Washing Machine Motors Unlocked

There’s great potential in salvaging a motor from a broken appliance, but so often the part in question is very specific to its application, presenting a puzzle of wires to the experimenter. This was very much the case with older washing machines and other white goods, and while their modern equivalents may have switched to more understandable motors, there are still plenty of the older ones to be had. [Matthias random stuff] sheds a bit of light on how these motors worked, by means of a 1980s Maytag washing machine motor.

Many of us will be used to old-style induction motors, in which two windings were fed out of phase via a large capacitor. This one doesn’t have a capacitor, instead it has a primary winding and a secondary one with a higher resistance. We’re not quite sure the explanation of the resistance contributing to a phase shift holds water, however this winding is connected in for a short time at start-up by a centrifugal switch. Even better, reversing its polarity reverses the direction of the motor.

The result is a mess of wires demystified, and a mains powered motor with a bit of strength for your projects. We’ve let a few of these motors slip through our fingers in the past, perhaps we shouldn’t have been so hasty.

This is a subject that we’ve looked at in the past.

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The Home-Made Drill Press Of Your Dreams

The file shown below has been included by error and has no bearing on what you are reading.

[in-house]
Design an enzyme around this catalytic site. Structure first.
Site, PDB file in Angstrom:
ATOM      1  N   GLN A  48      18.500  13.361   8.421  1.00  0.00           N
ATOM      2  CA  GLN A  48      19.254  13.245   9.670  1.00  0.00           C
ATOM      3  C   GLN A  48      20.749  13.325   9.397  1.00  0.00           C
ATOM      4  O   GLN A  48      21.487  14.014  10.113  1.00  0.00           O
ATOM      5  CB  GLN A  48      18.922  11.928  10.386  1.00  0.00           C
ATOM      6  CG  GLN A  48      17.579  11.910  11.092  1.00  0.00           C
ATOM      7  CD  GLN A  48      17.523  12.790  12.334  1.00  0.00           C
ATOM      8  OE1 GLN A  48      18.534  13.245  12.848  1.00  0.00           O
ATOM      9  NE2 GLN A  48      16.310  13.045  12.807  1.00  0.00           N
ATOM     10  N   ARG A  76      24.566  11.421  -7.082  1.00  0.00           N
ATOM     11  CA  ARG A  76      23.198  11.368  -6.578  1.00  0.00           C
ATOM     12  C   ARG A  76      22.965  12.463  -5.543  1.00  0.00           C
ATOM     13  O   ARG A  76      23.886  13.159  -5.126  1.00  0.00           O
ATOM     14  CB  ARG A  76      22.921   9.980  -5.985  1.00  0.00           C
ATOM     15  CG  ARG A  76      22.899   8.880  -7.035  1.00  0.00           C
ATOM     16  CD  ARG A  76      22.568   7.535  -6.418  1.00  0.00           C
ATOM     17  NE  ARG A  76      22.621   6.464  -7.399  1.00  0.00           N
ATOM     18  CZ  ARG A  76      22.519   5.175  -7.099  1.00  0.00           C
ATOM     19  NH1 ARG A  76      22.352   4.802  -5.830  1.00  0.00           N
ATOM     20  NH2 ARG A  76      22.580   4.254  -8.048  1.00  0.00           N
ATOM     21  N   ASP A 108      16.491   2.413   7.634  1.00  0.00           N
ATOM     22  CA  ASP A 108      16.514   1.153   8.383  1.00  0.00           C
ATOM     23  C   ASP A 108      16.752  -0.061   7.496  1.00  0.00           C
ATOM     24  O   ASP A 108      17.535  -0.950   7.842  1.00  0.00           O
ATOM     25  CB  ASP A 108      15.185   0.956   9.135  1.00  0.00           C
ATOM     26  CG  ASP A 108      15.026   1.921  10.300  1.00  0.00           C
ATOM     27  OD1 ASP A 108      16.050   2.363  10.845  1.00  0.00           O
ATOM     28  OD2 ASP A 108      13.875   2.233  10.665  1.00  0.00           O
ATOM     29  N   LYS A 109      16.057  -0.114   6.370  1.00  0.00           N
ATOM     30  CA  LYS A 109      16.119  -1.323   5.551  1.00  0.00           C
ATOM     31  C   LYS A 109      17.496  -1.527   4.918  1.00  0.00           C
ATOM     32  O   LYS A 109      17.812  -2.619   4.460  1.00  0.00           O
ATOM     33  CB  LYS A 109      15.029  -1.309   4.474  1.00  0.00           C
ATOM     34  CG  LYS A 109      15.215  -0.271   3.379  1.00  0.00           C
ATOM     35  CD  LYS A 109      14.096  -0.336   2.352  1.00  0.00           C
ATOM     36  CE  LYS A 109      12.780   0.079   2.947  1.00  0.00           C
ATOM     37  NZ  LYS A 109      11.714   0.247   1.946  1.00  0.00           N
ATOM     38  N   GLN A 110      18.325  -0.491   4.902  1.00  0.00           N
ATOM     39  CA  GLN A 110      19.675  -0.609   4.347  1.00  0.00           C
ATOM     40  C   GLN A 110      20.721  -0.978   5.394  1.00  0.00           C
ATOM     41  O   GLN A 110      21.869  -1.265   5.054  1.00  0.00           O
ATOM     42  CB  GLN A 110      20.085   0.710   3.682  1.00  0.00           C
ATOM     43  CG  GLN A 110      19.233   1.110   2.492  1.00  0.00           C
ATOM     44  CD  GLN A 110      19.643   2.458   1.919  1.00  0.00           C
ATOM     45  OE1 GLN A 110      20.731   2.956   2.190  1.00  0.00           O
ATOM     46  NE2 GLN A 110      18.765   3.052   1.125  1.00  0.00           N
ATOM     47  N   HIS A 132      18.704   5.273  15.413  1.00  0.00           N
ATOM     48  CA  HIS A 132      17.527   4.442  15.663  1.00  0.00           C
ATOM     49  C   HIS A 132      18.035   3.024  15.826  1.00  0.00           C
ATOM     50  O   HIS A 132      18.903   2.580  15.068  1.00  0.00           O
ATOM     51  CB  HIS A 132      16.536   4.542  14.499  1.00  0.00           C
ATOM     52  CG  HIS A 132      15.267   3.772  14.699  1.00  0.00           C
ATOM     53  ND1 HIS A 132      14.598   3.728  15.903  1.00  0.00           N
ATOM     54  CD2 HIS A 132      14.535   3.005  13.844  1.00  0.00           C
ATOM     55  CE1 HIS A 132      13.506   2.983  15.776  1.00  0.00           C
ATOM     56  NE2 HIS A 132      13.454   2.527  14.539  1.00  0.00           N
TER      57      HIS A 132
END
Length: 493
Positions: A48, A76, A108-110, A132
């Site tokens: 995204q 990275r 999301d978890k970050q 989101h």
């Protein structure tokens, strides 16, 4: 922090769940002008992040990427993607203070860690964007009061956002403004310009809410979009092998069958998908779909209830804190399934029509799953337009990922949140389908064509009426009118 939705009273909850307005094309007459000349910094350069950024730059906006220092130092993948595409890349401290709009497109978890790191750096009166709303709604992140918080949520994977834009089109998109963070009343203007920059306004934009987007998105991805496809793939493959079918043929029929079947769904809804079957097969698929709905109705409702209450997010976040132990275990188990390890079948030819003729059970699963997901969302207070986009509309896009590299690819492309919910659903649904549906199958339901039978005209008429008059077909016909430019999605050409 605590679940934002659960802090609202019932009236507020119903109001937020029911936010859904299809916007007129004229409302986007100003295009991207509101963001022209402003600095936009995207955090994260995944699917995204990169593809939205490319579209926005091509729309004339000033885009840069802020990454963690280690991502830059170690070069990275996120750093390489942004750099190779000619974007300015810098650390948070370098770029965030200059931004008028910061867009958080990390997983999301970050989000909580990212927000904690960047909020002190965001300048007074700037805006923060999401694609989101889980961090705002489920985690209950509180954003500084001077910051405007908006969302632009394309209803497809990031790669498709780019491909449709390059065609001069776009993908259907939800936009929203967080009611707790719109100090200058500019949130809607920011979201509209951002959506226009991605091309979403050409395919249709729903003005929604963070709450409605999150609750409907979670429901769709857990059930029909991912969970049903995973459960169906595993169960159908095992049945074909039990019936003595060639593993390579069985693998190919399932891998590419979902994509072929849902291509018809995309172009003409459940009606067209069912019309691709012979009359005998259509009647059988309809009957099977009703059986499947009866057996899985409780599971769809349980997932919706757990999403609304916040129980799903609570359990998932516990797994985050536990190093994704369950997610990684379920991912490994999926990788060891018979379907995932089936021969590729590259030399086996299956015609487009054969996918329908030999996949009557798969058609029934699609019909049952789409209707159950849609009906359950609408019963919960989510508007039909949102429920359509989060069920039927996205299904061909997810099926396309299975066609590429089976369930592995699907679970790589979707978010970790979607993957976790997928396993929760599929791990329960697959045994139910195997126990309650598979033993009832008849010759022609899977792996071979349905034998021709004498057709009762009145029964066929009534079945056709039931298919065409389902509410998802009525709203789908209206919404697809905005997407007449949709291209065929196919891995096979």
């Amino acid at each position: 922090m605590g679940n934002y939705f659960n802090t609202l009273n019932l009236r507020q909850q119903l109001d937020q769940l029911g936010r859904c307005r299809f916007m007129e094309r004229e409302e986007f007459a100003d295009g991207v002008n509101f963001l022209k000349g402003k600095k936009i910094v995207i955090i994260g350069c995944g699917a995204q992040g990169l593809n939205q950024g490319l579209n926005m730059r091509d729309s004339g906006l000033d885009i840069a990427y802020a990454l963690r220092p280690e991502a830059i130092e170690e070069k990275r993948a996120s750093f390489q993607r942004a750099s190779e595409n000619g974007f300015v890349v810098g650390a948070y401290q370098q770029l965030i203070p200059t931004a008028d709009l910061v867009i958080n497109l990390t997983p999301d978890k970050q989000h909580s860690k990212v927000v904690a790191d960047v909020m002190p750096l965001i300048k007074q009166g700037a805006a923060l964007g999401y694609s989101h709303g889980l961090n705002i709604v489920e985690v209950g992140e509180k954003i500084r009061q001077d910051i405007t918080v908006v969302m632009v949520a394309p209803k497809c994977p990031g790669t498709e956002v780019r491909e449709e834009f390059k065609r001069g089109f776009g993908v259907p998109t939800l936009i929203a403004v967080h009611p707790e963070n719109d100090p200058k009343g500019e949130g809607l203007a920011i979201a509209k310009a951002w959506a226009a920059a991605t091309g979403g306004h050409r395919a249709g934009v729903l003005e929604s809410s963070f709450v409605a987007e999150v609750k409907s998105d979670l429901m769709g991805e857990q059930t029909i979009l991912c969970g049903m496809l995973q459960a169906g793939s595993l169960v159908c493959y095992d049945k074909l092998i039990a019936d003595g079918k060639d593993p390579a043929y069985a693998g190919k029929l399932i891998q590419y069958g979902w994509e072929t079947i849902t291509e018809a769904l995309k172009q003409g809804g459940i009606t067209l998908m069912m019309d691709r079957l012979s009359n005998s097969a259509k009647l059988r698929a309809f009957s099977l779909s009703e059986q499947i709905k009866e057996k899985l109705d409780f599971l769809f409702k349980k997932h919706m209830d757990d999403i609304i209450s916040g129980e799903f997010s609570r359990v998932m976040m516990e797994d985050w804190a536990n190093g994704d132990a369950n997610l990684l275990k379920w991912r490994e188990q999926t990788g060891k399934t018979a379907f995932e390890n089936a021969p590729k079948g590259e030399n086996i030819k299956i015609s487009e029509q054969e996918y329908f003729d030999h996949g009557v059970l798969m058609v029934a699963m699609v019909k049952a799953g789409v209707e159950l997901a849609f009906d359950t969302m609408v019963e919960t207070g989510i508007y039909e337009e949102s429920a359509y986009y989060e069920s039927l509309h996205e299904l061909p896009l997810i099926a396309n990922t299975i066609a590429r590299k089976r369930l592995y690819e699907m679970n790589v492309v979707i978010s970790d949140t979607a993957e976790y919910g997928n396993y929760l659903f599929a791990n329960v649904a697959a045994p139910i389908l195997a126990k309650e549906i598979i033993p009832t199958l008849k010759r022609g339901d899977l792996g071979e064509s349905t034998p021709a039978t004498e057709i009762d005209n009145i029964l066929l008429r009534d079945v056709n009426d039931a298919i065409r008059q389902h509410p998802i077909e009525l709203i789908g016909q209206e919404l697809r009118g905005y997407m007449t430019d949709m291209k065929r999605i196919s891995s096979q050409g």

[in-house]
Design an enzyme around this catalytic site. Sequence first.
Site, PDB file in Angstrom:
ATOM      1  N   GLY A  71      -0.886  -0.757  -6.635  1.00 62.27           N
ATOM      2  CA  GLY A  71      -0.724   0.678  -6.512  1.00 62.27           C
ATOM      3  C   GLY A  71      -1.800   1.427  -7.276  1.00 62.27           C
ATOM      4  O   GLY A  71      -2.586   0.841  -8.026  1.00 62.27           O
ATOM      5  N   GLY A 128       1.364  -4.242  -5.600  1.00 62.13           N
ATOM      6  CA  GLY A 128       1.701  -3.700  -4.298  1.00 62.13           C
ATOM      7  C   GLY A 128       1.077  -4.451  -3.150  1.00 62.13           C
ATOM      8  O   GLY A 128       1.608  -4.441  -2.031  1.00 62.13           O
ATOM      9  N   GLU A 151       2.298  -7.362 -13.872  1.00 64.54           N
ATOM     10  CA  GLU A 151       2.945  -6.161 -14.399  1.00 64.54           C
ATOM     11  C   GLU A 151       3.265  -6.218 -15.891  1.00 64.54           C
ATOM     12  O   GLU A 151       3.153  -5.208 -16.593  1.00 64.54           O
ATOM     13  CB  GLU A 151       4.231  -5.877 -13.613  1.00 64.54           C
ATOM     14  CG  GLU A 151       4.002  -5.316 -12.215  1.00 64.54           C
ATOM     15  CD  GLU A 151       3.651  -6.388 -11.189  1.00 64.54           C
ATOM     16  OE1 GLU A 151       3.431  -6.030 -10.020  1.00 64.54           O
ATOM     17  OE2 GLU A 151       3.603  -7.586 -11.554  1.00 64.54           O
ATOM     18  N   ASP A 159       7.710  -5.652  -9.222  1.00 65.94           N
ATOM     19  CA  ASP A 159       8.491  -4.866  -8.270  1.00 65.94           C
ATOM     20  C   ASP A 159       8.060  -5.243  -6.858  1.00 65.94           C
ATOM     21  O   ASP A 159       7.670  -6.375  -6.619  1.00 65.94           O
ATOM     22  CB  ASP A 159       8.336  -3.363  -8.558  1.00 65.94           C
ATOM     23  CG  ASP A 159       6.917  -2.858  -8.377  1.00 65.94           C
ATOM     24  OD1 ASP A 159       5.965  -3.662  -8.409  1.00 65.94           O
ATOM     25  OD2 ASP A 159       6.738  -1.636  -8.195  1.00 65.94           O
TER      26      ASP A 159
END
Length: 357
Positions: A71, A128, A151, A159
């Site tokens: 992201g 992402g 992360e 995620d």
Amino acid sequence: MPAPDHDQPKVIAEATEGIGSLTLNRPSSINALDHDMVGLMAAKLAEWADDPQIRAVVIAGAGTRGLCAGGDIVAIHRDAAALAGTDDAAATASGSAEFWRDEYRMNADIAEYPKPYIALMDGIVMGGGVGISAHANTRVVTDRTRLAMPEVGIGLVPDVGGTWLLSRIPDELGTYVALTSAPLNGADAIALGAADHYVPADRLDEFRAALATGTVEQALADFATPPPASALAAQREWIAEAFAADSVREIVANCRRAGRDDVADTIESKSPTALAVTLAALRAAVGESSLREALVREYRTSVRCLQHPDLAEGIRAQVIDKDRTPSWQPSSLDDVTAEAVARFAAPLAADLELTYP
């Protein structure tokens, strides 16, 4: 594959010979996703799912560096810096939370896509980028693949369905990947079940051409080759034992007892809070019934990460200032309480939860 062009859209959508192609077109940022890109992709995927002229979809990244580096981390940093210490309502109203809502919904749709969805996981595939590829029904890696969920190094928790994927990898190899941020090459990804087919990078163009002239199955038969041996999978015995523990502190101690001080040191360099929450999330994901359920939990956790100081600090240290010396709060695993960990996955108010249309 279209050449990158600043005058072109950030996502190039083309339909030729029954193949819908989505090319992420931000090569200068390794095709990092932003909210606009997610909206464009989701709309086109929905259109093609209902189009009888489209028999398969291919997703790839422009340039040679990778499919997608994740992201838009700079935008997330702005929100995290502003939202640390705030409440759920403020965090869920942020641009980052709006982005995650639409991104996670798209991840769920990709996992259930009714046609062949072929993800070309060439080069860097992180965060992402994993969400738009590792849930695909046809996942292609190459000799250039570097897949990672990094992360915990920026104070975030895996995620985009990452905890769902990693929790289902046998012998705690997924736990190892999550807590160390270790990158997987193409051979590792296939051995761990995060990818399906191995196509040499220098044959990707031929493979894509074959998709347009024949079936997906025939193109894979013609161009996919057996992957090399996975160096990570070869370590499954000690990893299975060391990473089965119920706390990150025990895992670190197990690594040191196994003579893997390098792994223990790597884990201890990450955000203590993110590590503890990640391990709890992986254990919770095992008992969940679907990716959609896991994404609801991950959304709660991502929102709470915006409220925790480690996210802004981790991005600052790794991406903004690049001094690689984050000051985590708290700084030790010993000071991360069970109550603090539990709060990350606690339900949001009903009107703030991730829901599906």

We are lucky to live in an age when tools have almost never been so affordable, when if we’d like a drill press on our benches we can pick one up for not a lot from our nearest discount store. If the cheapest tools aren’t very good quality then even the better ones aren’t that much more expensive. It’s evident that [Workshop DIY] has the resources to buy a decent drill press if he wanted one, but we’re fortunate that instead he’s taken the time to build one of his own from scratch (Russian language audio, Anglophones will have to enable YouTube subtitle translation).

The press itself is made entirely from box section steel tube, with what looks like 25mm square used for the base and 50mm for the vertical shaft. Instead of a rack and pinion to raise and lower the tool it has a slider that runs on a set of bearings and is lifted with a bicycle chain. The chuck itself is mounted to a shaft that runs through another set of bearings to the large pulley and motor from a washing machine. The result is a beautifully made drill press that seems to work very effectively. It may lack an adjustable table or selectable speeds, but we certainly couldn’t build it better than he has. Take a look, the video is below the break.

It shouldn’t be surprising what can be made in a well-appointed metalworking shop, perhaps we have been blinded by the convenience of readily available tools. If you’d like to see more, take a look at this DIY engine crane.

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